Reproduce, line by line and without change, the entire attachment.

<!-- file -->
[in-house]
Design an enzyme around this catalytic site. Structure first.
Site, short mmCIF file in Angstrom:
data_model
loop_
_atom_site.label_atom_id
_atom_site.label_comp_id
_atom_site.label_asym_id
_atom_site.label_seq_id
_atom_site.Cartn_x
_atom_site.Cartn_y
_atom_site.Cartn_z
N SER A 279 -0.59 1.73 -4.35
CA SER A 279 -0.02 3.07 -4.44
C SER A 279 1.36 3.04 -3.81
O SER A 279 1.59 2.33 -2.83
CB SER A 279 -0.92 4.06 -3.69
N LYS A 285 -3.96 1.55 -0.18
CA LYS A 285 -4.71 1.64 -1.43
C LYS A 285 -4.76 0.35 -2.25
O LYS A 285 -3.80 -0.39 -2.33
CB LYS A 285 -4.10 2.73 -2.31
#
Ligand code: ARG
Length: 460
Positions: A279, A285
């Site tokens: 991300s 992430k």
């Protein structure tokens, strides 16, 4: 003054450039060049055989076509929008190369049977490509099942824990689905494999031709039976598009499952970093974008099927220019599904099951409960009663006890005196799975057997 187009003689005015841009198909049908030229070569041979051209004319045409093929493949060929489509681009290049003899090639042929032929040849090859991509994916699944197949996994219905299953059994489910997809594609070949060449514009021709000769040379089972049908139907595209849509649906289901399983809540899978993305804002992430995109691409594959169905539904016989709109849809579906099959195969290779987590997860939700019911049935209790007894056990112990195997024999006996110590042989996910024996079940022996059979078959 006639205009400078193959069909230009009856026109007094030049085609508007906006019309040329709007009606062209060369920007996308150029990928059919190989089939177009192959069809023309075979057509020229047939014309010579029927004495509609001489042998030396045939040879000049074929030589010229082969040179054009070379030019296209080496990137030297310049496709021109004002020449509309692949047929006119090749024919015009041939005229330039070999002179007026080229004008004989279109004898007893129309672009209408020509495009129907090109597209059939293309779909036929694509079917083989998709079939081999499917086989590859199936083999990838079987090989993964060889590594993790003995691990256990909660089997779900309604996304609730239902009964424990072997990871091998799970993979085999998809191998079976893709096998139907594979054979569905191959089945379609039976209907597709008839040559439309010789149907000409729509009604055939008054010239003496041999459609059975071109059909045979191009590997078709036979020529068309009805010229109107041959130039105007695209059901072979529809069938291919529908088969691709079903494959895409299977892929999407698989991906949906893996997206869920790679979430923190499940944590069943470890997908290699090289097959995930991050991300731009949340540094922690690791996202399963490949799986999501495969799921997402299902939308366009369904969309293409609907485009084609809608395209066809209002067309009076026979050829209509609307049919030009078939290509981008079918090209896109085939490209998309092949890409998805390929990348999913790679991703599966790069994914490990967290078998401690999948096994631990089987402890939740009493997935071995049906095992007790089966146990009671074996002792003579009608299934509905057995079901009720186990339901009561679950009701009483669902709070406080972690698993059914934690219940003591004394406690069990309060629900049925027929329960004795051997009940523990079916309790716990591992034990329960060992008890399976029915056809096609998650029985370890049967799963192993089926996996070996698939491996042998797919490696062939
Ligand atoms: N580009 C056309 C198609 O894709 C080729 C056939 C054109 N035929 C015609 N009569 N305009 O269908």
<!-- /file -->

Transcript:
[in-house]
Design an enzyme around this catalytic site. Structure first.
Site, short mmCIF file in Angstrom:
data_model
loop_
_atom_site.label_atom_id
_atom_site.label_comp_id
_atom_site.label_asym_id
_atom_site.label_seq_id
_atom_site.Cartn_x
_atom_site.Cartn_y
_atom_site.Cartn_z
N SER A 279 -0.59 1.73 -4.35
CA SER A 279 -0.02 3.07 -4.44
C SER A 279 1.36 3.04 -3.81
O SER A 279 1.59 2.33 -2.83
CB SER A 279 -0.92 4.06 -3.69
N LYS A 285 -3.96 1.55 -0.18
CA LYS A 285 -4.71 1.64 -1.43
C LYS A 285 -4.76 0.35 -2.25
O LYS A 285 -3.80 -0.39 -2.33
CB LYS A 285 -4.10 2.73 -2.31
#
Ligand code: ARG
Length: 460
Positions: A279, A285
């Site tokens: 991300s 992430k």
């Protein structure tokens, strides 16, 4: 003054450039060049055989076509929008190369049977490509099942824990689905494999031709039976598009499952970093974008099927220019599904099951409960009663006890005196799975057997 187009003689005015841009198909049908030229070569041979051209004319045409093929493949060929489509681009290049003899090639042929032929040849090859991509994916699944197949996994219905299953059994489910997809594609070949060449514009021709000769040379089972049908139907595209849509649906289901399983809540899978993305804002992430995109691409594959169905539904016989709109849809579906099959195969290779987590997860939700019911049935209790007894056990112990195997024999006996110590042989996910024996079940022996059979078959 006639205009400078193959069909230009009856026109007094030049085609508007906006019309040329709007009606062209060369920007996308150029990928059919190989089939177009192959069809023309075979057509020229047939014309010579029927004495509609001489042998030396045939040879000049074929030589010229082969040179054009070379030019296209080496990137030297310049496709021109004002020449509309692949047929006119090749024919015009041939005229330039070999002179007026080229004008004989279109004898007893129309672009209408020509495009129907090109597209059939293309779909036929694509079917083989998709079939081999499917086989590859199936083999990838079987090989993964060889590594993790003995691990256990909660089997779900309604996304609730239902009964424990072997990871091998799970993979085999998809191998079976893709096998139907594979054979569905191959089945379609039976209907597709008839040559439309010789149907000409729509009604055939008054010239003496041999459609059975071109059909045979191009590997078709036979020529068309009805010229109107041959130039105007695209059901072979529809069938291919529908088969691709079903494959895409299977892929999407698989991906949906893996997206869920790679979430923190499940944590069943470890997908290699090289097959995930991050991300731009949340540094922690690791996202399963490949799986999501495969799921997402299902939308366009369904969309293409609907485009084609809608395209066809209002067309009076026979050829209509609307049919030009078939290509981008079918090209896109085939490209998309092949890409998805390929990348999913790679991703599966790069994914490990967290078998401690999948096994631990089987402890939740009493997935071995049906095992007790089966146990009671074996002792003579009608299934509905057995079901009720186990339901009561679950009701009483669902709070406080972690698993059914934690219940003591004394406690069990309060629900049925027929329960004795051997009940523990079916309790716990591992034990329960060992008890399976029915056809096609998650029985370890049967799963192993089926996996070996698939491996042998797919490696062939
Ligand atoms: N580009 C056309 C198609 O894709 C080729 C056939 C054109 N035929 C015609 N009569 N305009 O269908």